Three Serandite crystals make up the bulk of this specimen. All of them are damaged to a degree - two are rather heavily damaged and not quite complete - but this damage does not look as if it occurred recently. All have dimensions of about 1.3 x 0.8 x 0.1" (3.3 x 2.0 x 0.3 cm) and show good triclinic form; their habit is tabular or bladed, which I have not seen before in this mineral. All have the pink coloration and silky luster that are common for this specie, and are translucent. The Serandites are accompanied by a few milky analcime trapezohedra and a few tiny aegirine needles.
no photo
srd-4 ($300.00)
Mount Saint Hilaire, Quebec, Canada
SERANDITE specimen srd-5
$ 120.00
Dims: 1.3 x 1.3 x 1.1" (3.3 x 3.3 x 2.8 cm)
Wt: 1.4 oz. (40 g)
Mount Saint Hilaire, Quebec, Canada
At least 7 intergrown Serandite crystals make up the bulk of this thumbnail piece. These crystals are generally in excellent condition, as they show almost no damage. The largest of these has dimensions of 1.2 x 0.4 x 0.3" (3.0 x 1.0 x 0.8 cm), though their "base" appears to consist of a larger, highly warped crystal. Besides this base, all have very good triclinic prismatic form and a pseudo-hexagonal shape that is elongated along one axis. Their salmon-pink color and silky luster are standard for the specie, as is their dim translucence. The Serandite serves as a base for several broken analcime crystals, but there is no host material present.
no photo
srd-5 ($120.00)
Mount Saint Hilaire, Quebec, Canada
SERANDITE specimen srd-6
$ 150.00
Dims: 1.8x1.25x2.9" (4.6x3.2x7.5 cm)
Wt: 3.8 oz. (108g)
Mt. St. Hilaire, Quebec, Canada
This hand specimen is almost all serandite, although the back of the specimen has several analcime crystals of which only the smallest are undamaged, and some small transparent colorless boxy crystals which I believe to be natrolite. The serandite is the standard pink color and takes the form of a spray of closely packed crystals. They have a vitreous luster in the areas that look like cleavage surfaces (many of them), and the other surfaces are very dull, with a coating that looks like more serandite. I suspect that most if not all of the terminations are fracture surfaces - they mostly look splintery.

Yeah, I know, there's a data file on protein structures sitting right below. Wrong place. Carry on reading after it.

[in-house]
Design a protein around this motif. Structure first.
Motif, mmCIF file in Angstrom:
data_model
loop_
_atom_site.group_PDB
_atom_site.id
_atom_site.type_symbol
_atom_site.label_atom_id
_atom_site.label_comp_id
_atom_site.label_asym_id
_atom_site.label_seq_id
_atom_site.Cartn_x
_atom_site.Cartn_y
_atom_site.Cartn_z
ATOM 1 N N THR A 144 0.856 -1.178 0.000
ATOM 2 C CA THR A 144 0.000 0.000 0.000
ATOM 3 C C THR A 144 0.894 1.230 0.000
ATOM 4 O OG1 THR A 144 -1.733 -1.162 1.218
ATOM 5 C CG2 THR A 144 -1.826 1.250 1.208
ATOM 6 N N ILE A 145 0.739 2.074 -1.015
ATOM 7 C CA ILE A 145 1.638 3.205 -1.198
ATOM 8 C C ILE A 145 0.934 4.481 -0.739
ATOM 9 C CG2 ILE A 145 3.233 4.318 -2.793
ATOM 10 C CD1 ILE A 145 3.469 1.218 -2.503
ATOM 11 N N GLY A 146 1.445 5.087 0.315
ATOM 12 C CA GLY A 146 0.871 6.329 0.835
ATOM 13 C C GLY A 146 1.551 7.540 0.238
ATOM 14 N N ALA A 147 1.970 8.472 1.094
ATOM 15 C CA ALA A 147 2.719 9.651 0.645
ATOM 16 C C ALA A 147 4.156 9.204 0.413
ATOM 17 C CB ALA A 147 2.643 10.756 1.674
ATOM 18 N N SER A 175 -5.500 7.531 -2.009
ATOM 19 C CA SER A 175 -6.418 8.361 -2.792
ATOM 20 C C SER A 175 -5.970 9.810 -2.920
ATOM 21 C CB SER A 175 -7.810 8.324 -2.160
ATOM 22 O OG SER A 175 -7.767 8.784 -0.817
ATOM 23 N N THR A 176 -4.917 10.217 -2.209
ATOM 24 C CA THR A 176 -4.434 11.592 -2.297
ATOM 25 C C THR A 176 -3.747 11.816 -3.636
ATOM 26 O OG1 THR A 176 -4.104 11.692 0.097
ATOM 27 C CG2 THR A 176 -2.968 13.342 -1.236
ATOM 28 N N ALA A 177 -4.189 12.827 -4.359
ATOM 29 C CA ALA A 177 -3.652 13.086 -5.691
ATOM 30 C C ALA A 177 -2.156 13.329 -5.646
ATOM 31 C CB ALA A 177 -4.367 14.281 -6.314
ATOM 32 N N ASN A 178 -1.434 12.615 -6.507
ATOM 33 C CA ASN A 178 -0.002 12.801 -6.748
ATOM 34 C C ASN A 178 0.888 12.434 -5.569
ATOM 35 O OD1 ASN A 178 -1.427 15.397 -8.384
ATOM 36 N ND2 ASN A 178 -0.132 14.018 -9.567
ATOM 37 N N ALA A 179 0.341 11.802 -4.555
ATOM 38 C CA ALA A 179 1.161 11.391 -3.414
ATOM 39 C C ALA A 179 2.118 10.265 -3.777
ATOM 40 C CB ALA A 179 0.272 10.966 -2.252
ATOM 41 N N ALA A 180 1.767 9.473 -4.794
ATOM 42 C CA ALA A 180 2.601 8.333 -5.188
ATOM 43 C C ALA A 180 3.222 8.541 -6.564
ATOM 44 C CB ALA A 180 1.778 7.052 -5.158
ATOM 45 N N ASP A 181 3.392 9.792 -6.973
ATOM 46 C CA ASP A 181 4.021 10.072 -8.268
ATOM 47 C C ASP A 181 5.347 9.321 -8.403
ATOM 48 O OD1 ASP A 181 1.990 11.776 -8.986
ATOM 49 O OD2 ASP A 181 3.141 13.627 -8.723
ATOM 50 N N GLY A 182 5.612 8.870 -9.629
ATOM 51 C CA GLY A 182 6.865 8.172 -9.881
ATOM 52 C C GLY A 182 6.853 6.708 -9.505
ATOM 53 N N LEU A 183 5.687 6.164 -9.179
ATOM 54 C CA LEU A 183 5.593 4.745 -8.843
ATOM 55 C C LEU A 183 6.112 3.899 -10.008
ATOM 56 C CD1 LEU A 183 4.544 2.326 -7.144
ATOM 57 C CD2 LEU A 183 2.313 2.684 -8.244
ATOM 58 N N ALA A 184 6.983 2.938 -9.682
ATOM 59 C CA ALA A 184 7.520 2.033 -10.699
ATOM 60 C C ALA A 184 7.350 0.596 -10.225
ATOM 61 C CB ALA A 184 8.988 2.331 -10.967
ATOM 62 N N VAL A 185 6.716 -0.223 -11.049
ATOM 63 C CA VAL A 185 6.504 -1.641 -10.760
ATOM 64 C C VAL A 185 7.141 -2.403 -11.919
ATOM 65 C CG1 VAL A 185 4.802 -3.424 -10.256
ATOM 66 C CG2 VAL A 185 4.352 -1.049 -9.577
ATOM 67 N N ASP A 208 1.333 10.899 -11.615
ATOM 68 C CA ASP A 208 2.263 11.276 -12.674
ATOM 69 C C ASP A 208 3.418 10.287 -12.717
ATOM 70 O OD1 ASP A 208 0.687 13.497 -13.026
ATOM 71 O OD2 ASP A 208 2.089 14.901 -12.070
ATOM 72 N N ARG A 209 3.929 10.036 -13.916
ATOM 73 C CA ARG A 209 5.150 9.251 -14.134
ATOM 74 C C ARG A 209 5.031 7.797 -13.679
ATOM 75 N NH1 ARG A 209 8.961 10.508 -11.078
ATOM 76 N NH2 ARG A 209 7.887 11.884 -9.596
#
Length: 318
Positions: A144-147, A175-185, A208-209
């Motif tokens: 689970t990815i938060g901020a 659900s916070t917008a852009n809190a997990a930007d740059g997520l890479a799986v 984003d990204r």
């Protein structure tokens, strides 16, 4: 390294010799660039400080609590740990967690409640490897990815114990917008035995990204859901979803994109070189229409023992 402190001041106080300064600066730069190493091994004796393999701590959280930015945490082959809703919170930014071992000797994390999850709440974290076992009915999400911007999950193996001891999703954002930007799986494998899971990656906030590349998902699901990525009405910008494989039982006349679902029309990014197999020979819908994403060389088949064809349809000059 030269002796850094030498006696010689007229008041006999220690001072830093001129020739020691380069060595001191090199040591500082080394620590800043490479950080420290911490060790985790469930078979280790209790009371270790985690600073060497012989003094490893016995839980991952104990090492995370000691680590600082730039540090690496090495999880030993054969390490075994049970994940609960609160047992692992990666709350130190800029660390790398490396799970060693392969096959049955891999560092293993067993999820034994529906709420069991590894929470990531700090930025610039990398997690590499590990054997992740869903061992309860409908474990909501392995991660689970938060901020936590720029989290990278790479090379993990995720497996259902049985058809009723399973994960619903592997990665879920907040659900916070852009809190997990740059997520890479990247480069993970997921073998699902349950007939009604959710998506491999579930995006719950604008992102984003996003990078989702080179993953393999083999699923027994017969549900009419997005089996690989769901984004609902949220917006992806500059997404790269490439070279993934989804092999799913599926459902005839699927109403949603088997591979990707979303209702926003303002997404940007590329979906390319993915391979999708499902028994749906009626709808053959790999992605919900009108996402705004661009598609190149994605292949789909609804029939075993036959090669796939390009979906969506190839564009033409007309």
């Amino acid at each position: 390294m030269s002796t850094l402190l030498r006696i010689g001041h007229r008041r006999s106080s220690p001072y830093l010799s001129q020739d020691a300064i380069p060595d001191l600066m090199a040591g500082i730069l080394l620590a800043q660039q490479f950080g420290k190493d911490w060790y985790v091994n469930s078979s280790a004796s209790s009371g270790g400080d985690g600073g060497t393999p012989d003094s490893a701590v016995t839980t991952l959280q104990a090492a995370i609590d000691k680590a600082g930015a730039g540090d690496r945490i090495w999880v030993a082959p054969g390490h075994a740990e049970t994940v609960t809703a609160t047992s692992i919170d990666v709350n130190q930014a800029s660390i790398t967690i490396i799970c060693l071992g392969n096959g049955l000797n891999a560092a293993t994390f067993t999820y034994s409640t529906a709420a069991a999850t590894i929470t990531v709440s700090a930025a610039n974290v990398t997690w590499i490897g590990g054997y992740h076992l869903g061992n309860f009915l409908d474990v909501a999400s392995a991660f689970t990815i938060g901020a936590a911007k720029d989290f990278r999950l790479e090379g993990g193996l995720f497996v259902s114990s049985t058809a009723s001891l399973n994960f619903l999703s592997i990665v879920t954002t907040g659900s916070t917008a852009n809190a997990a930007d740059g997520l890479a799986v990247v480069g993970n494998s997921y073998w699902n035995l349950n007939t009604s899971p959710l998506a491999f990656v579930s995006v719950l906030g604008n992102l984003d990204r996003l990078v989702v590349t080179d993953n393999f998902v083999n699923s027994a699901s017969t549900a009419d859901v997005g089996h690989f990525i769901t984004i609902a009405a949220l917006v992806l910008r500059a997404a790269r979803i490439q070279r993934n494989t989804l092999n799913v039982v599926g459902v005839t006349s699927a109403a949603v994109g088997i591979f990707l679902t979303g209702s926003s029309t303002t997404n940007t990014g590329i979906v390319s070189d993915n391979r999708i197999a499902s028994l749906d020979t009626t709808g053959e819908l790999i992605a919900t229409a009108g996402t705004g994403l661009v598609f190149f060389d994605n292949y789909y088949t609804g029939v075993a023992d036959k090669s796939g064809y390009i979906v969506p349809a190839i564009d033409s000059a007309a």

no photo
srd-6 ($150.00)
Mt. St. Hilaire, Quebec, Canada
SERANDITE specimen srd-7
$ 45.00
Dims: 1.3x0.7x0.9" (3.3x1.9x2.4 cm)
Wt: 0.4 oz. (11.5g)
Mt. St. hilaire, Quebec, Canada
This specimen is nearly all serandite. The crystals, though incomplete, have the proper color and form for this mineral. Also present are 6 or 7 black analcime crystals, all with fractured ends. There is also a cluster of colorless transparent prismatic blades with good terminations (sometimes hidden under a white crust) - I do not know what this mineral could be.
no photo
srd-7 ($ 45.00)
Mt. St. hilaire, Quebec, Canada


Copyright ©1995-2023 by Amethyst Galleries, Inc.